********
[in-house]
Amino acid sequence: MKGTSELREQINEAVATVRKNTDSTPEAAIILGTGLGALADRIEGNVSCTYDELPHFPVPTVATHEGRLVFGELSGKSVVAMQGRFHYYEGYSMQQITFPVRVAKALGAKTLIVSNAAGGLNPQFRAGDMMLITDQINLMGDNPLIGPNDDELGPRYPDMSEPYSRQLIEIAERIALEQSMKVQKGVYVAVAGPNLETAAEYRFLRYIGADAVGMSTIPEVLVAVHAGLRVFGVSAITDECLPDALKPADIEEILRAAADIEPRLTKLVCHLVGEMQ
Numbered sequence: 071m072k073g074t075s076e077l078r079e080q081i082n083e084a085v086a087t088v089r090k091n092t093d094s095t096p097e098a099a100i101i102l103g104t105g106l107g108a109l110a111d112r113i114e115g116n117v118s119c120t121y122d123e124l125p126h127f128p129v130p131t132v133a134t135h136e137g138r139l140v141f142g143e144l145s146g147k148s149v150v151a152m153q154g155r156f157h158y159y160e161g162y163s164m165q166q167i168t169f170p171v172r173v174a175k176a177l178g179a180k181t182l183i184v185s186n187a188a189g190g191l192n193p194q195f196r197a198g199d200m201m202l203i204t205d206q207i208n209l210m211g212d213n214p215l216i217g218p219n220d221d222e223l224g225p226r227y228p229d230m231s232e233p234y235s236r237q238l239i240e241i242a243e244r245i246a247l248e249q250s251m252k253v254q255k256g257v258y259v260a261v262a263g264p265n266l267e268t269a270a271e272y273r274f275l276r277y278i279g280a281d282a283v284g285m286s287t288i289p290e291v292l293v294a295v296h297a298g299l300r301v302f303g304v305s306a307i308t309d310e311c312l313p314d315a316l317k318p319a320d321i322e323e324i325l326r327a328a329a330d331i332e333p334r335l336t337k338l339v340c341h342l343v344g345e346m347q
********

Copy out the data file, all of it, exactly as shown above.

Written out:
[in-house]
Amino acid sequence: MKGTSELREQINEAVATVRKNTDSTPEAAIILGTGLGALADRIEGNVSCTYDELPHFPVPTVATHEGRLVFGELSGKSVVAMQGRFHYYEGYSMQQITFPVRVAKALGAKTLIVSNAAGGLNPQFRAGDMMLITDQINLMGDNPLIGPNDDELGPRYPDMSEPYSRQLIEIAERIALEQSMKVQKGVYVAVAGPNLETAAEYRFLRYIGADAVGMSTIPEVLVAVHAGLRVFGVSAITDECLPDALKPADIEEILRAAADIEPRLTKLVCHLVGEMQ
Numbered sequence: 071m072k073g074t075s076e077l078r079e080q081i082n083e084a085v086a087t088v089r090k091n092t093d094s095t096p097e098a099a100i101i102l103g104t105g106l107g108a109l110a111d112r113i114e115g116n117v118s119c120t121y122d123e124l125p126h127f128p129v130p131t132v133a134t135h136e137g138r139l140v141f142g143e144l145s146g147k148s149v150v151a152m153q154g155r156f157h158y159y160e161g162y163s164m165q166q167i168t169f170p171v172r173v174a175k176a177l178g179a180k181t182l183i184v185s186n187a188a189g190g191l192n193p194q195f196r197a198g199d200m201m202l203i204t205d206q207i208n209l210m211g212d213n214p215l216i217g218p219n220d221d222e223l224g225p226r227y228p229d230m231s232e233p234y235s236r237q238l239i240e241i242a243e244r245i246a247l248e249q250s251m252k253v254q255k256g257v258y259v260a261v262a263g264p265n266l267e268t269a270a271e272y273r274f275l276r277y278i279g280a281d282a283v284g285m286s287t288i289p290e291v292l293v294a295v296h297a298g299l300r301v302f303g304v305s306a307i308t309d310e311c312l313p314d315a316l317k318p319a320d321i322e323e324i325l326r327a328a329a330d331i332e333p334r335l336t337k338l339v340c341h342l343v344g345e346m347q